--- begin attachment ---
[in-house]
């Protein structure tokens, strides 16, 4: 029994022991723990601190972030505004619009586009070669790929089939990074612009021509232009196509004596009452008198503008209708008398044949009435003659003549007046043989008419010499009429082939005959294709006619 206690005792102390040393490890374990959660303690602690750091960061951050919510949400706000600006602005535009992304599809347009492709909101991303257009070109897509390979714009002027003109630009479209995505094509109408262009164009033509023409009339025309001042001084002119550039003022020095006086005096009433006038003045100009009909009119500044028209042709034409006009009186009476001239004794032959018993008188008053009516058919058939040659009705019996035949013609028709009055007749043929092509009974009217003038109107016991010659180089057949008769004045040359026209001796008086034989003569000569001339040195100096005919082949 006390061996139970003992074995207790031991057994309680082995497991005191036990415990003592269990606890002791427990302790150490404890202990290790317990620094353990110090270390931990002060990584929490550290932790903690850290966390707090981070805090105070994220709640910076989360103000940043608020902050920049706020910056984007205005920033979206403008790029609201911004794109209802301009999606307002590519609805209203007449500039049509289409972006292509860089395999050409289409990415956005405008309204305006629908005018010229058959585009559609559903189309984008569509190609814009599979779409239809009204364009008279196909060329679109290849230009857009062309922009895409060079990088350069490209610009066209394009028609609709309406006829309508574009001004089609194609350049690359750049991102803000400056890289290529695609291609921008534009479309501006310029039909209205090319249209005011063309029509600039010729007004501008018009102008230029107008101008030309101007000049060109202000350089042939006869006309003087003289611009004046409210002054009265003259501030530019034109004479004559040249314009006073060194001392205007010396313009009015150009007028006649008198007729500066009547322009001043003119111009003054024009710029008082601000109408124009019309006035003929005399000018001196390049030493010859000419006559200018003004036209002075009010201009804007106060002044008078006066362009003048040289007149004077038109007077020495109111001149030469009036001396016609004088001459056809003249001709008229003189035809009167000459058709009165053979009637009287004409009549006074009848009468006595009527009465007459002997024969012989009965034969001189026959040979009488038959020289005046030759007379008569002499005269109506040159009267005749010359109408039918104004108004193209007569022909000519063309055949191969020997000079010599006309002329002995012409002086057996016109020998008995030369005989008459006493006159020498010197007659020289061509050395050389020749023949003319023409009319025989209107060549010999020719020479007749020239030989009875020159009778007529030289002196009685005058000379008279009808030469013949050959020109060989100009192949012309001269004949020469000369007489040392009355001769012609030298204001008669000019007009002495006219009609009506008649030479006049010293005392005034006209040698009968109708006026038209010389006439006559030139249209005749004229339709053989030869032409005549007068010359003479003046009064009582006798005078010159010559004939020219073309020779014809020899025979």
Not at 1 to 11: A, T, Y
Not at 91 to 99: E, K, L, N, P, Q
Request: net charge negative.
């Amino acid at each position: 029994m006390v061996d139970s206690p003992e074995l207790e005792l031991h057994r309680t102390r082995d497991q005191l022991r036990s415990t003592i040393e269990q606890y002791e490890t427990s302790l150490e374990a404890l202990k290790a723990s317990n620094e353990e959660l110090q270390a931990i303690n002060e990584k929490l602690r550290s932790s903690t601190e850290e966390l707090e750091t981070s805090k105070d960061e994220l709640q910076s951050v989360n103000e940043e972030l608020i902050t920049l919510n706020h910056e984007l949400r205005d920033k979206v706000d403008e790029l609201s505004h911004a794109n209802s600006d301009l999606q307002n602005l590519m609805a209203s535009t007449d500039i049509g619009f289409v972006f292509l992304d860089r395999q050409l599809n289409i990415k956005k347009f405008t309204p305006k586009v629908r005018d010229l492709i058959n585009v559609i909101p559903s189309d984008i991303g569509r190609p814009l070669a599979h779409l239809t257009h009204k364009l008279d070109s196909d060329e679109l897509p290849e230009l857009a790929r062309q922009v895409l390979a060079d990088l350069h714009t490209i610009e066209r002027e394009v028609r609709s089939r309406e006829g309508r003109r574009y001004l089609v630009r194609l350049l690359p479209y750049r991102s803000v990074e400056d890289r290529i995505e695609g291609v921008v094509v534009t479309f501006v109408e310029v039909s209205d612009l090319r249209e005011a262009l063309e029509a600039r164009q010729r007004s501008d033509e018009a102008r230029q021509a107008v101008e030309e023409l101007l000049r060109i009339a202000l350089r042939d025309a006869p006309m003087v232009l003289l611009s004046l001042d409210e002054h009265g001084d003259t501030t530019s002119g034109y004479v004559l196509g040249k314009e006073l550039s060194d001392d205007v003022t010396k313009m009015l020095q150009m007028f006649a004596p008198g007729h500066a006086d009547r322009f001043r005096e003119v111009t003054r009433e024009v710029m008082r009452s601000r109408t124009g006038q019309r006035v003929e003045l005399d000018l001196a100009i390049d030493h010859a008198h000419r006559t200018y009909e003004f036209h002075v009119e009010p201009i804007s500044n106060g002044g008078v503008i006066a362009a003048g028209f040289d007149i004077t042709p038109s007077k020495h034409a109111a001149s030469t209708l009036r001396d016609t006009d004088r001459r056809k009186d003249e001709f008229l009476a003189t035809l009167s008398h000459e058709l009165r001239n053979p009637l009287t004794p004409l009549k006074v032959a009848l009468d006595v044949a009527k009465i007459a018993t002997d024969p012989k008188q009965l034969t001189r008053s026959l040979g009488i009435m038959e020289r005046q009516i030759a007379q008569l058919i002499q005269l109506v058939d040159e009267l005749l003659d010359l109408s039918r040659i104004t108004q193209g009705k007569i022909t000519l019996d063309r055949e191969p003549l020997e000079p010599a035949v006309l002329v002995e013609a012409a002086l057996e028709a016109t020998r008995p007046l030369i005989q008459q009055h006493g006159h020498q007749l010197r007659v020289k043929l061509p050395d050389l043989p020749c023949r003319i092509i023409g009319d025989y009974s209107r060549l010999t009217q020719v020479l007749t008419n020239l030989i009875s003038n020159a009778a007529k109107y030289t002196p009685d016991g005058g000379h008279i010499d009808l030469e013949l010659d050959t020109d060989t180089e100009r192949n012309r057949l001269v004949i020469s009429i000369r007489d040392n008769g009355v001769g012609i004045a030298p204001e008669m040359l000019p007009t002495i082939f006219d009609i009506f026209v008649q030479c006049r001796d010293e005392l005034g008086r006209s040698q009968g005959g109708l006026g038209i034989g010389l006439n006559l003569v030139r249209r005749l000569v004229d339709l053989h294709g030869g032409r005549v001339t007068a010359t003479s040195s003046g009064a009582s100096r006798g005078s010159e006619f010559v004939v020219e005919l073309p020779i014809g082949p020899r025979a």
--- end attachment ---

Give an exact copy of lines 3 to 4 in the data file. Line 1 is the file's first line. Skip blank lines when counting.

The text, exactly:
Not at 1 to 11: A, T, Y
Not at 91 to 99: E, K, L, N, P, Q